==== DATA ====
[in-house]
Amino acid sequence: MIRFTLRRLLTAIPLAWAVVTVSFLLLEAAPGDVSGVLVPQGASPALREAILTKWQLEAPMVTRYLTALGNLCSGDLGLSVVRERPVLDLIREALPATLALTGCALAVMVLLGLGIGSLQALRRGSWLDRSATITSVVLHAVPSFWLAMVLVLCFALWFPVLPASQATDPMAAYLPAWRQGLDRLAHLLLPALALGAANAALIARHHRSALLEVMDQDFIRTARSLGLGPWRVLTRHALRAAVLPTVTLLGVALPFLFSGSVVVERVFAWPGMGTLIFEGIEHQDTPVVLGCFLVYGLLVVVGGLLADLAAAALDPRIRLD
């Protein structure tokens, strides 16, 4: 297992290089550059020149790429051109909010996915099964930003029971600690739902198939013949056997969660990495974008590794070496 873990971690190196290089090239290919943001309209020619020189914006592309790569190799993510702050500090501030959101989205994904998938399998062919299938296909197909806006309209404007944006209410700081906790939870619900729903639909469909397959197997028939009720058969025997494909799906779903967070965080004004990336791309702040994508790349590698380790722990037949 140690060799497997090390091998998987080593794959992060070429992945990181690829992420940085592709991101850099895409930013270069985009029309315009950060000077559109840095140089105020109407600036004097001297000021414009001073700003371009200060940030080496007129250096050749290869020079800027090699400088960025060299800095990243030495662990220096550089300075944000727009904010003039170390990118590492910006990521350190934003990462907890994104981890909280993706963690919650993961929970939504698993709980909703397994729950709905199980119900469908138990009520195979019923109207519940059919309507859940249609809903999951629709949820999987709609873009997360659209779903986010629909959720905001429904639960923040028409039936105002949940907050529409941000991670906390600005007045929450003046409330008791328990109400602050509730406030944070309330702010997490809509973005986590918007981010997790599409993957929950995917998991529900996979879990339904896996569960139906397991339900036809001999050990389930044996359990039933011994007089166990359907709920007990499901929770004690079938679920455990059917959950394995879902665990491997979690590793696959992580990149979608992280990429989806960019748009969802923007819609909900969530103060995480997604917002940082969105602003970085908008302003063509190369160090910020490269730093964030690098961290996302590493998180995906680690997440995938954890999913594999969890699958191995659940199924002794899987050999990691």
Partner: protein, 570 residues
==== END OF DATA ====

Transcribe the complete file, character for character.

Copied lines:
[in-house]
Amino acid sequence: MIRFTLRRLLTAIPLAWAVVTVSFLLLEAAPGDVSGVLVPQGASPALREAILTKWQLEAPMVTRYLTALGNLCSGDLGLSVVRERPVLDLIREALPATLALTGCALAVMVLLGLGIGSLQALRRGSWLDRSATITSVVLHAVPSFWLAMVLVLCFALWFPVLPASQATDPMAAYLPAWRQGLDRLAHLLLPALALGAANAALIARHHRSALLEVMDQDFIRTARSLGLGPWRVLTRHALRAAVLPTVTLLGVALPFLFSGSVVVERVFAWPGMGTLIFEGIEHQDTPVVLGCFLVYGLLVVVGGLLADLAAAALDPRIRLD
């Protein structure tokens, strides 16, 4: 297992290089550059020149790429051109909010996915099964930003029971600690739902198939013949056997969660990495974008590794070496 873990971690190196290089090239290919943001309209020619020189914006592309790569190799993510702050500090501030959101989205994904998938399998062919299938296909197909806006309209404007944006209410700081906790939870619900729903639909469909397959197997028939009720058969025997494909799906779903967070965080004004990336791309702040994508790349590698380790722990037949 140690060799497997090390091998998987080593794959992060070429992945990181690829992420940085592709991101850099895409930013270069985009029309315009950060000077559109840095140089105020109407600036004097001297000021414009001073700003371009200060940030080496007129250096050749290869020079800027090699400088960025060299800095990243030495662990220096550089300075944000727009904010003039170390990118590492910006990521350190934003990462907890994104981890909280993706963690919650993961929970939504698993709980909703397994729950709905199980119900469908138990009520195979019923109207519940059919309507859940249609809903999951629709949820999987709609873009997360659209779903986010629909959720905001429904639960923040028409039936105002949940907050529409941000991670906390600005007045929450003046409330008791328990109400602050509730406030944070309330702010997490809509973005986590918007981010997790599409993957929950995917998991529900996979879990339904896996569960139906397991339900036809001999050990389930044996359990039933011994007089166990359907709920007990499901929770004690079938679920455990059917959950394995879902665990491997979690590793696959992580990149979608992280990429989806960019748009969802923007819609909900969530103060995480997604917002940082969105602003970085908008302003063509190369160090910020490269730093964030690098961290996302590493998180995906680690997440995938954890999913594999969890699958191995659940199924002794899987050999990691």
Partner: protein, 570 residues